(This is Part 4 in a series on the history behind the story of Galileo’s persecution by the church. Here are the links for Part One, Part Two, and Part Three.You can download the whole article the series is based on here.)
So far in this series we’ve looked, generally, at some of the factors that led to Galileo’s famous clash with the church in 1616. In particular, we’ve seen that the issue was more complex than simply being a case of “Christianity” opposing “Science.” Today, we’ll continue with Kirsten Birkett’s article to see the system of thought that the scientific establishment held. It was this system of thought, this paradigm adhered to by the scholars of the day, that made the ideas put forward by Copernicus and Galileo so hard to accept:
There is a deep and important reason why Copernican theory was not convincing as a new scientific theory. It had no physics to back it up. It is all very well to hypothesize that the Earth moves around the sun—and certain astronomical observations might thereby be better accounted for—but what makes the Earth move? Copernicus had no answers. He had no laws of motion, and no theory of gravity (that was to come two centuries later, when Isaac Newton finally came up with his basic laws of physics). At the time, the only known physics was Aristotelian.
According to Aristotle, ‘earth’—regarded as an element in itself—does not fall ‘down’ but is attracted by nature to the centre of the universe. That is why the Earth is at the centre; it is the place where matter naturally congregates. The heavenly bodies—suns, planets, stars—are of an entirely different kind of matter, whose nature is to move in circles and is not attracted to the centre of the universe._ In such a physics there is no place for a moving Earth. The moving planets were, by definition, not Earth. Copernicus’ theory did not fit into Aristotelian physics, and he did not have a new physics in which to embed a new astronomy. This was a serious lack. It was as if today someone proposed that the moon literally gets bigger and smaller every month—it fits what we see in the sky, but it makes no sense according to what we know about matter and the laws of gravity.
The theory was not worthless, by any means. It had a mathematical elegance that Ptolemaic theory lacked—enough to impress Galileo, who was a very competent mathematician. Without proper physical laws, however, it could not hope to gain widespread acceptance amongst the academic community; in particular, amongst the physicists, or natural philosophers as they were known.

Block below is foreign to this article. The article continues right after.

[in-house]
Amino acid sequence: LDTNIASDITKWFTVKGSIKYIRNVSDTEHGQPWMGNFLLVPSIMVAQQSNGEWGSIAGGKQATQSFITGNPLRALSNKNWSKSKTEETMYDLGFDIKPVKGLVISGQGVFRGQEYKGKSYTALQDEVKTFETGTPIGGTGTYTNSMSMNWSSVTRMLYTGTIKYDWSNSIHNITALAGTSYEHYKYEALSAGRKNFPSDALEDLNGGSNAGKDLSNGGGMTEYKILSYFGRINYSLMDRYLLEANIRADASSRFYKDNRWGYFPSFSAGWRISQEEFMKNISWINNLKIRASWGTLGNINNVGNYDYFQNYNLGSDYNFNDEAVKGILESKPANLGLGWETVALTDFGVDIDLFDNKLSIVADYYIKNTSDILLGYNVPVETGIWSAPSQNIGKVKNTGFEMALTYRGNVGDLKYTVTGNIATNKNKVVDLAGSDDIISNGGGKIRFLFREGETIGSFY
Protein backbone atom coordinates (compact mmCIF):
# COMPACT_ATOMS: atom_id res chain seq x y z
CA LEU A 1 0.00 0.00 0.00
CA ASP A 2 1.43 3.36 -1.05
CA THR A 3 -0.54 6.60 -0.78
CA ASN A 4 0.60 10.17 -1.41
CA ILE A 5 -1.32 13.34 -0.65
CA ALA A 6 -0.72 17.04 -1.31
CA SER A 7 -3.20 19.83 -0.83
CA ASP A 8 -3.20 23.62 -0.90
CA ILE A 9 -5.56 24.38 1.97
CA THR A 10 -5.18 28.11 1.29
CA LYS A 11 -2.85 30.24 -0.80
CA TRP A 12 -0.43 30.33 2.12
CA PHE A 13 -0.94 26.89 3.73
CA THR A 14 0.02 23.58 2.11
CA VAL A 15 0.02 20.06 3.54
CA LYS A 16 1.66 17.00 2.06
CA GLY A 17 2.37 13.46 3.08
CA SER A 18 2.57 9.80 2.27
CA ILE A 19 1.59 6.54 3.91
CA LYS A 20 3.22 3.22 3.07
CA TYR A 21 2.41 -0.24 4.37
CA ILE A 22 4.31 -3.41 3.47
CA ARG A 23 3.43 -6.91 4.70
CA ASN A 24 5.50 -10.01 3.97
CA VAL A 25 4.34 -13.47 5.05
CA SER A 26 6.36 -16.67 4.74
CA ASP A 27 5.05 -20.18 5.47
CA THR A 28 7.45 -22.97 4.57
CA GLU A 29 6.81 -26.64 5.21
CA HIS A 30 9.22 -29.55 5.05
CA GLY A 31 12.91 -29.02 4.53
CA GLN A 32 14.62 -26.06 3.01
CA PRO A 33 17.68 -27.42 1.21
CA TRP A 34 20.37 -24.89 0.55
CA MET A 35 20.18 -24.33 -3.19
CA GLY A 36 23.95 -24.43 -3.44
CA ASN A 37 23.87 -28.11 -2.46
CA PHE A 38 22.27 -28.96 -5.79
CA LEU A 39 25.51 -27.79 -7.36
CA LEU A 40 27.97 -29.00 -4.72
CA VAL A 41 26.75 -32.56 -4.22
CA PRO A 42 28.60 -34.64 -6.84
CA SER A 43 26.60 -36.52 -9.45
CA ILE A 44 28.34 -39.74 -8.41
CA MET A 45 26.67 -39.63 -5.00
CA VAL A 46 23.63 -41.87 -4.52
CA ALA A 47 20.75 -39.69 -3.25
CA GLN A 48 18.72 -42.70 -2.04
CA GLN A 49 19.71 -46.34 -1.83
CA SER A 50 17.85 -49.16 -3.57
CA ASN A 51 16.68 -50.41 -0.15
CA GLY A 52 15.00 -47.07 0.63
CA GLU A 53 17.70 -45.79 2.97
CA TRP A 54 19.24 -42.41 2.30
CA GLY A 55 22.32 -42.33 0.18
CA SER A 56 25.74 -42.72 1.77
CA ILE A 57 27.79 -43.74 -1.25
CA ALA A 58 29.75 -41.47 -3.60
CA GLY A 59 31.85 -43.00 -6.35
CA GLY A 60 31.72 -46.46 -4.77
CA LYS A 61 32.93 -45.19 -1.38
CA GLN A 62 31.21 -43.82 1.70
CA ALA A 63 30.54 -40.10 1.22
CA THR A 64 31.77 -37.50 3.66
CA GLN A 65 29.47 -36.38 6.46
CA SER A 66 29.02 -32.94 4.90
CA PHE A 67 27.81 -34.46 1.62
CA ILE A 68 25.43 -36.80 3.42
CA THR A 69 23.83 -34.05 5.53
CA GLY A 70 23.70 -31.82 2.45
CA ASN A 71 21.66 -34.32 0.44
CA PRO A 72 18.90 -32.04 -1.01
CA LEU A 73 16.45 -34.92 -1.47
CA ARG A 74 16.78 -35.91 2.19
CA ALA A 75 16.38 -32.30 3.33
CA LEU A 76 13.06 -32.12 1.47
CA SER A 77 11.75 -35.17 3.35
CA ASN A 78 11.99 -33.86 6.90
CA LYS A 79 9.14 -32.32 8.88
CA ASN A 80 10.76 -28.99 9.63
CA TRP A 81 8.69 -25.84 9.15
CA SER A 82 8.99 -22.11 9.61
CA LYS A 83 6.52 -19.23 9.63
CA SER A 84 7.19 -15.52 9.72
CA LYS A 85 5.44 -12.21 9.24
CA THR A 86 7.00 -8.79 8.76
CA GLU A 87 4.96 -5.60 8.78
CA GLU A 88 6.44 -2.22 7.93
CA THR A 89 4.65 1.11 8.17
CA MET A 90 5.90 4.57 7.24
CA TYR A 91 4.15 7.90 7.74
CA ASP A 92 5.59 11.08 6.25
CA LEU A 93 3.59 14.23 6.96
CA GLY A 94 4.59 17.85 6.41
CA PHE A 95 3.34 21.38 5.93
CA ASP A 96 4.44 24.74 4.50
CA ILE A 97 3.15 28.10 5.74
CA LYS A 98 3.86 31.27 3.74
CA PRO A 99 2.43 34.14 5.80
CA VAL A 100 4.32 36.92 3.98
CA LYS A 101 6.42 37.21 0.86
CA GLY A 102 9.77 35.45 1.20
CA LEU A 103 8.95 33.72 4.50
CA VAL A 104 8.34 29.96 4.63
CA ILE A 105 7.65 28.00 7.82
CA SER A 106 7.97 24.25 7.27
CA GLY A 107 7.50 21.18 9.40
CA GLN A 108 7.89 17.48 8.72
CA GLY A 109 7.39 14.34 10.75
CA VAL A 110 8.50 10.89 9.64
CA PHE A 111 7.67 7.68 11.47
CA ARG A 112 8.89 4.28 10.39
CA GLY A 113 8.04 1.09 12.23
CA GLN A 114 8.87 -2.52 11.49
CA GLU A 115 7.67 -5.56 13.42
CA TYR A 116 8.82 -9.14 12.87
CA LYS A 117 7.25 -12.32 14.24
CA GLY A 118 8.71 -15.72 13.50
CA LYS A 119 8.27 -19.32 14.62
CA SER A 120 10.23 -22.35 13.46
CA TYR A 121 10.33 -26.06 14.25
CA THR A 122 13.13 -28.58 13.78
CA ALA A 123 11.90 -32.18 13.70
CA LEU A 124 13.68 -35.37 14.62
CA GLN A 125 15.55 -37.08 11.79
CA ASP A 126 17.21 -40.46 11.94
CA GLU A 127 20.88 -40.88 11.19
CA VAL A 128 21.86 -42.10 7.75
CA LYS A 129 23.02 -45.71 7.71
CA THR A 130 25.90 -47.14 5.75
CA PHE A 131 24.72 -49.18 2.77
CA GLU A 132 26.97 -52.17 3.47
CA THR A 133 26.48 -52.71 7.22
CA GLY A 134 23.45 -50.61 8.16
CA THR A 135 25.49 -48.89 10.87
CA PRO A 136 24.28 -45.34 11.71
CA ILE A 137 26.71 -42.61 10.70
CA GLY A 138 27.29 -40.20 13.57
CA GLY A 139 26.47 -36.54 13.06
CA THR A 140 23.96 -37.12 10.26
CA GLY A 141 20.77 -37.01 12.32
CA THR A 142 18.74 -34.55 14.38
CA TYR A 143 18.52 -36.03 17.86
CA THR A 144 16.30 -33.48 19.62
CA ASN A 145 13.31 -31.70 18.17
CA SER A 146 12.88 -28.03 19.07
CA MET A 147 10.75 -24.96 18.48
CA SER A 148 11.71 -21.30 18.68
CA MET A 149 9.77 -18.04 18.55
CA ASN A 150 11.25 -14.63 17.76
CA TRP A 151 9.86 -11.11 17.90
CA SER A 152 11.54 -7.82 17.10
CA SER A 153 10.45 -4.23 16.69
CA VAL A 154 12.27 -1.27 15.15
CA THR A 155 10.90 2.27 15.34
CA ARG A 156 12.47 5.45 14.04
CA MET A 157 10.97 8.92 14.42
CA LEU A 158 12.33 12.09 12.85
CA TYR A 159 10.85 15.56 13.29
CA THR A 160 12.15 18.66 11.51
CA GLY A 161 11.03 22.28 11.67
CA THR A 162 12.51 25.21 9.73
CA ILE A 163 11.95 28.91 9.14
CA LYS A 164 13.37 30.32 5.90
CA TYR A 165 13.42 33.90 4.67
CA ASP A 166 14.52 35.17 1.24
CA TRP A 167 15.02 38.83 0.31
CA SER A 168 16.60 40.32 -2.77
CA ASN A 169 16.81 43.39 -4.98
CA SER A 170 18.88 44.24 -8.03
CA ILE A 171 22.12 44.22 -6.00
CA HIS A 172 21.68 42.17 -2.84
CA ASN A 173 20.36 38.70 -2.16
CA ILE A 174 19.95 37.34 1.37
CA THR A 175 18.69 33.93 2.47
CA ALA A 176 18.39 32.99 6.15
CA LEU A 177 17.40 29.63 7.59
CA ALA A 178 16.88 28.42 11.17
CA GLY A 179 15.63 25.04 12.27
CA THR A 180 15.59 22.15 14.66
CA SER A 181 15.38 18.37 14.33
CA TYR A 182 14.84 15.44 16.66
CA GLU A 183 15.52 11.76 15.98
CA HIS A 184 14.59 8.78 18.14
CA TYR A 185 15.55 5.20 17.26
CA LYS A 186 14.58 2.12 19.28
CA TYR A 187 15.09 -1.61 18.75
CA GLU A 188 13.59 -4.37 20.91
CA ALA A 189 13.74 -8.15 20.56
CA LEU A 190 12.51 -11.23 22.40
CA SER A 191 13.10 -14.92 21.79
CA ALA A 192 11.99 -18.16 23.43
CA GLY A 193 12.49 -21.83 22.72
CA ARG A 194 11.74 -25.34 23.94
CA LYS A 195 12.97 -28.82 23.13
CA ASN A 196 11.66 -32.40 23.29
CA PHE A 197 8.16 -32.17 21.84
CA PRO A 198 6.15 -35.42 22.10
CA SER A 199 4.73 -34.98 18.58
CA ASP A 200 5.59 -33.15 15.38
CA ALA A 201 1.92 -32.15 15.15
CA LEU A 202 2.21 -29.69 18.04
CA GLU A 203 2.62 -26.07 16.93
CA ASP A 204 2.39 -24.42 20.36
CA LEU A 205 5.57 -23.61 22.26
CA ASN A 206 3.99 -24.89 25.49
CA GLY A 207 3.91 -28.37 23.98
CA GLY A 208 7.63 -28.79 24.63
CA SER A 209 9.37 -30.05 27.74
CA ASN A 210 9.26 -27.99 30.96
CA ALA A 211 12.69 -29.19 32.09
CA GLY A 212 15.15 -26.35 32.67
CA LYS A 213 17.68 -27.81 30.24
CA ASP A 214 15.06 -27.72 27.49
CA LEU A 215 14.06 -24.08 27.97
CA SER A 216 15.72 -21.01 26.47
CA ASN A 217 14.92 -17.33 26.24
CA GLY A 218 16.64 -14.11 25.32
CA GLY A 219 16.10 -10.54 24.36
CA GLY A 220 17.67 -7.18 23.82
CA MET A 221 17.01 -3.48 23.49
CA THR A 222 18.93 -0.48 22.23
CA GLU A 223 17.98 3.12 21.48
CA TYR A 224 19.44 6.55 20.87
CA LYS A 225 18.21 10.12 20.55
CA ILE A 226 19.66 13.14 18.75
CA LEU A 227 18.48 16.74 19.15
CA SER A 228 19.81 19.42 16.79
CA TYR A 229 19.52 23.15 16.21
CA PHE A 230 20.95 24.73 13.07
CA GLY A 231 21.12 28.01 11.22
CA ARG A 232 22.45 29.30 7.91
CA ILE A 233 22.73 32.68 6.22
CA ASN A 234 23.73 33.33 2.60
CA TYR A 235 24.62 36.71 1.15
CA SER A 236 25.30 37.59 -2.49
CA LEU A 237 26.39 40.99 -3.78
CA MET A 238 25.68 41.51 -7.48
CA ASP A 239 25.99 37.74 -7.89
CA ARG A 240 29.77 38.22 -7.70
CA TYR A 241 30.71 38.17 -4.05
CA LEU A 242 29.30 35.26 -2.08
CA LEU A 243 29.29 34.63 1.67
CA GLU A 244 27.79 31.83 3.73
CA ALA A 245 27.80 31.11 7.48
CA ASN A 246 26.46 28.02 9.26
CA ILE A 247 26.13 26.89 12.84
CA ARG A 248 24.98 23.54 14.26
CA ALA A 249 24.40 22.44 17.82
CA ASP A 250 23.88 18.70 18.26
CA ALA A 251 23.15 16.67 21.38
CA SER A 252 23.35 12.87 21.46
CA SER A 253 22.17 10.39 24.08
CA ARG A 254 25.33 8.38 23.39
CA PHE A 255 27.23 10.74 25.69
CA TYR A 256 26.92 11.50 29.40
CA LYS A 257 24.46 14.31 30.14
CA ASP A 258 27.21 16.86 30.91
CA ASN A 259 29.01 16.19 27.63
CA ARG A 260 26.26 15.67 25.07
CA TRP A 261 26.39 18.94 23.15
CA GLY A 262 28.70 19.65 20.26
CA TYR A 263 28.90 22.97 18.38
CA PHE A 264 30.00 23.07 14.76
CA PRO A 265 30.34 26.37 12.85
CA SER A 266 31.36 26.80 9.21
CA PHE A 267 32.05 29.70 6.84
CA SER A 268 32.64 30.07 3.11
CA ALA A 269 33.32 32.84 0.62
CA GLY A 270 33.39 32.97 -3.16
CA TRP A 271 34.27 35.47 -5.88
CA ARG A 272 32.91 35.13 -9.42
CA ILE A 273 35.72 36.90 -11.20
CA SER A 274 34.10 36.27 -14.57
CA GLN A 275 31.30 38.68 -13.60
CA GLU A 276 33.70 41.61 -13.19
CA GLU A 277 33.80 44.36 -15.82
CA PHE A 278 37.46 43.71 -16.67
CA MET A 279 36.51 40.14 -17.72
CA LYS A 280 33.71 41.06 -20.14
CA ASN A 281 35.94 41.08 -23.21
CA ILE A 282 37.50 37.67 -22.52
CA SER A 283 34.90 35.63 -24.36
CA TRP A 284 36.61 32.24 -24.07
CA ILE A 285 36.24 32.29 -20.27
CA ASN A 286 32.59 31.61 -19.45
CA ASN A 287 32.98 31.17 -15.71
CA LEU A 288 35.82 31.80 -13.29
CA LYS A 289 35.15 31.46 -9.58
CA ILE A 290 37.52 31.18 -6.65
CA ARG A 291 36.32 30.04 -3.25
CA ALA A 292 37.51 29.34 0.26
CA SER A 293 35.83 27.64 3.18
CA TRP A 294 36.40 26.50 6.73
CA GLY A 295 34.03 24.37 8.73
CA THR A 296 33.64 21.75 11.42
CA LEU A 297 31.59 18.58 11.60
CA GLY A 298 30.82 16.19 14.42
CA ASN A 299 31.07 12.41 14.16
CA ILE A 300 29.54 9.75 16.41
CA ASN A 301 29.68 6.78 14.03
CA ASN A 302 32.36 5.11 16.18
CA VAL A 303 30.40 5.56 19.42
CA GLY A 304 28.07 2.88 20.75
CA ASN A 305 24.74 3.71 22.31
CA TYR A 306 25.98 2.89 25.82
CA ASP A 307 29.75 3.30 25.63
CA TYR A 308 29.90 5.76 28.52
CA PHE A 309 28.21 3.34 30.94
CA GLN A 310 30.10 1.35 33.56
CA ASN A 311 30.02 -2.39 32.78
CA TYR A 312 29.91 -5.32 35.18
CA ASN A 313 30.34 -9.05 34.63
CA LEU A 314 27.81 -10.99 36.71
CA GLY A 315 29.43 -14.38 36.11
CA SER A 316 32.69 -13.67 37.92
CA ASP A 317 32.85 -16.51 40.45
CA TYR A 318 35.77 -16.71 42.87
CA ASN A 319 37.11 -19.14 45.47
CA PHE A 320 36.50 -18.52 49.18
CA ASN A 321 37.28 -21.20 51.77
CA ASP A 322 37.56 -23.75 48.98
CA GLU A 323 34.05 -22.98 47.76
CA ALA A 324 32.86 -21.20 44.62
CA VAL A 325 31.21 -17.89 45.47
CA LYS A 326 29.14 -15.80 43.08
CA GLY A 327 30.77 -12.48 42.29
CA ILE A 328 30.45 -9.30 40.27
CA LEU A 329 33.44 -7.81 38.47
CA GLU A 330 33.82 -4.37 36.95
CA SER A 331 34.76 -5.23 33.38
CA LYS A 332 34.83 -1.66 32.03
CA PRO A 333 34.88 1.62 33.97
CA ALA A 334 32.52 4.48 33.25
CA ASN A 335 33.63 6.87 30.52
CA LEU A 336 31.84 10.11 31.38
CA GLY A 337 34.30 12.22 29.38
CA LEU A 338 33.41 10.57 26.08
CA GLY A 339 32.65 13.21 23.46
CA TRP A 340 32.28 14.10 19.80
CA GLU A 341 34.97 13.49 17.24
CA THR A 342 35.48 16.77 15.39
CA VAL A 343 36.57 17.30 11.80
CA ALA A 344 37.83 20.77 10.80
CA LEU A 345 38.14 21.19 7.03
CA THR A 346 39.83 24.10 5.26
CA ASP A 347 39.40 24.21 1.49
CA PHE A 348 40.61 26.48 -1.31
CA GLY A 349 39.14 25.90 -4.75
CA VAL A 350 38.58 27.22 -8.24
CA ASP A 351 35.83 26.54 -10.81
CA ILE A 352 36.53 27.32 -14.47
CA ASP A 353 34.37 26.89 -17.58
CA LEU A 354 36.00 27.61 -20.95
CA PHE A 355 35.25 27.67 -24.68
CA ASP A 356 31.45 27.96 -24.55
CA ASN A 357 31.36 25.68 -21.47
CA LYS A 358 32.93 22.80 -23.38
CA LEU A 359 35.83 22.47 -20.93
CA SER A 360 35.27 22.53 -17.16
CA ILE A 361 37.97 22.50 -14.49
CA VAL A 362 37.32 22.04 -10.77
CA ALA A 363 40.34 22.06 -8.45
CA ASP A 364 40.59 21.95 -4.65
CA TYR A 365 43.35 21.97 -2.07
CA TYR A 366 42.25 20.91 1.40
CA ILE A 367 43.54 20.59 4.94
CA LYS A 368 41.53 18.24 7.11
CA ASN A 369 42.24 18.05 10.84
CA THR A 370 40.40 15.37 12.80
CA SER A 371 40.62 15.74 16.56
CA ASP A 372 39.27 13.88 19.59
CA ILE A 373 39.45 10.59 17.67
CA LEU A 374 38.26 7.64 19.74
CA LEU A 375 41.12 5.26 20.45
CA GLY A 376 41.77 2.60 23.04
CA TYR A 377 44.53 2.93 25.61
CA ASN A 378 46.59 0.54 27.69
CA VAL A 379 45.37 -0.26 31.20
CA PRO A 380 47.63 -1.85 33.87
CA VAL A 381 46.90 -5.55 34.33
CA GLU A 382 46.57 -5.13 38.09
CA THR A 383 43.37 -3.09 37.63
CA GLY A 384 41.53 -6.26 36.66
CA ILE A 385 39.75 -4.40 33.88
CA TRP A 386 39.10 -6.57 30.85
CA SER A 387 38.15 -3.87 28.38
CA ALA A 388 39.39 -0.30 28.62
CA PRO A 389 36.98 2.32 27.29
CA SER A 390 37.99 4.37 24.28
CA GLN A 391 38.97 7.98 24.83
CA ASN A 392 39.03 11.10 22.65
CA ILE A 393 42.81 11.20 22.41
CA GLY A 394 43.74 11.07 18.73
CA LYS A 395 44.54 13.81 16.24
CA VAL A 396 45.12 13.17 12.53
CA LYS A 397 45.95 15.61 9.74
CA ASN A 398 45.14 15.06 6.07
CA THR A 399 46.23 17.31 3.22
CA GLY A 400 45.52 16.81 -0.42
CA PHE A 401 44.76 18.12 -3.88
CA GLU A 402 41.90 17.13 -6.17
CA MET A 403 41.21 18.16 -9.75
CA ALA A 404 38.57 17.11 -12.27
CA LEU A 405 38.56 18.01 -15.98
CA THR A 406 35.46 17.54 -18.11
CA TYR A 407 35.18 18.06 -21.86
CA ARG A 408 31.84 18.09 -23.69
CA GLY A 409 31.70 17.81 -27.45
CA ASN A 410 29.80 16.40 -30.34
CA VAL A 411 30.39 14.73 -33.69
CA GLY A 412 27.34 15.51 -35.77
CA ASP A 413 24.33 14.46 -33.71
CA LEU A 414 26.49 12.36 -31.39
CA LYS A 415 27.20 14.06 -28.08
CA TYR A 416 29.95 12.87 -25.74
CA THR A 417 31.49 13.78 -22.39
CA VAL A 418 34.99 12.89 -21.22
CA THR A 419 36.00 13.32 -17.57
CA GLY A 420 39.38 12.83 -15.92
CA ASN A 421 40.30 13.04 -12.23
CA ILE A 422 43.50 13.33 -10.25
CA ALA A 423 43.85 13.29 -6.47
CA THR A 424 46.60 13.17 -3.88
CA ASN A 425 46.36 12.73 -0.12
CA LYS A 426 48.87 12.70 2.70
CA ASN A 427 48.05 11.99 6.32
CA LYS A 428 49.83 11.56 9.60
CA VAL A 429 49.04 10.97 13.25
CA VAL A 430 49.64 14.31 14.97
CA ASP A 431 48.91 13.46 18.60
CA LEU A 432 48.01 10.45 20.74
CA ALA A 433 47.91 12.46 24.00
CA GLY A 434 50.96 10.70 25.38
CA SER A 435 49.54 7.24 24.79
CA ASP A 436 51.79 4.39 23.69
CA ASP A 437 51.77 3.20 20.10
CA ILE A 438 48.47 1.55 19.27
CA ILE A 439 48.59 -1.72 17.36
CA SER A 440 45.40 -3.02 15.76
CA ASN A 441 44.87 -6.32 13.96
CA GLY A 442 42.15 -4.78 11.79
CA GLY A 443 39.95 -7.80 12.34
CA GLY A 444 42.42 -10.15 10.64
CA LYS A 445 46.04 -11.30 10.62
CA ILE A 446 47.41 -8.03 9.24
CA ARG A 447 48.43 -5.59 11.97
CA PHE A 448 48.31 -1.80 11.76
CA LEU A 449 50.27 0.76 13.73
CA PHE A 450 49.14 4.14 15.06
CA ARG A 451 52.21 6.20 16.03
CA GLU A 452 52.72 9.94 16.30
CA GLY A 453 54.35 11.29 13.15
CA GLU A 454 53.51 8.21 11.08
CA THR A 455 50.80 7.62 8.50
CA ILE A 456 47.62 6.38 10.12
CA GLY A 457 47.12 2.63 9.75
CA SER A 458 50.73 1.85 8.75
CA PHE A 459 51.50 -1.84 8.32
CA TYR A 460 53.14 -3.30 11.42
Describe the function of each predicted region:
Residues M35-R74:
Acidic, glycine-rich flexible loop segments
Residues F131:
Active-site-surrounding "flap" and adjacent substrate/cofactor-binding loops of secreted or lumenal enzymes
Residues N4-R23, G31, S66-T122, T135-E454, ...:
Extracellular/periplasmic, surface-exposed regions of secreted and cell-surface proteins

This clash with Aristotelian thought is something we must take seriously. It is hard to imagine now just how immense a challenge Copernican theory was. If it were true, the entire body of received knowledge about physics—laws of motion, theories of matter, the most fundamental ideas about what the universe is made of and why it behaves the way it does—would have to change. When Galileo began championing Copernican theory, he was not merely suggesting an interesting new technical piece of astronomy. He was, implicitly at first and later explicitly, challenging centuries of accepted knowledge.
Aristotle’s system of knowledge was remarkably satisfying and complete. He was regarded as having solved essentially all the problems of the physical universe._ Aristotle’s laws worked, they explained everything, and civilized humanity had recognized that for centuries. If there was to be any differing opinion, it could perhaps come from those who preferred Plato to Aristotle; but that an astronomer could come up with an entirely new theory was ridiculous, and that Galileo would actually defend such a theory and teach it to his students was very worrying. It was quite natural that his fellow academics opposed him. It was, after all, the duty of established scholars to protect the young from dangerous ideas.
It is often quoted as a laughable example of blind dogmatism that some Aristotelian scholars refused to look through Galileo’s telescope to see the moons of Jupiter. They insisted that even if they saw something, it must be a trick, and so refused even to look. Yet from a scientific point of view they had a point. They knew, from their knowledge of the established body of physics, that there could be no moons of Jupiter. What is more, Galileo was unable to explain satisfactorily how the telescope worked. Yet he expected the philosophers to overturn centuries of knowledge on the basis of this mysterious metal tube. There was some justification in their refusal to play his games. In their eyes it was Galileo who was ridiculous—even pitiable—for thinking he could teach anything to Aristotle.
This is fascinating and helpful. Quite simply, it was not any teaching from the Bible that made scientists (or the church, for that matter) oppose these new theories. It was the scientific theories of Aristotle. And it was the weight of evidence that the academic establishment had built up which seemed to uphold Aristotelian theory. What we’ll see, as we continue, is what a precarious position Christians put themselves in when they hold too tightly to a certain body of scientific knowledge, and even equate it with biblical teaching, and then the theories change.
Next time, however, we’ll get a glimpse at two other factors that led to Galileo’s trouble: politics and personal rivalries…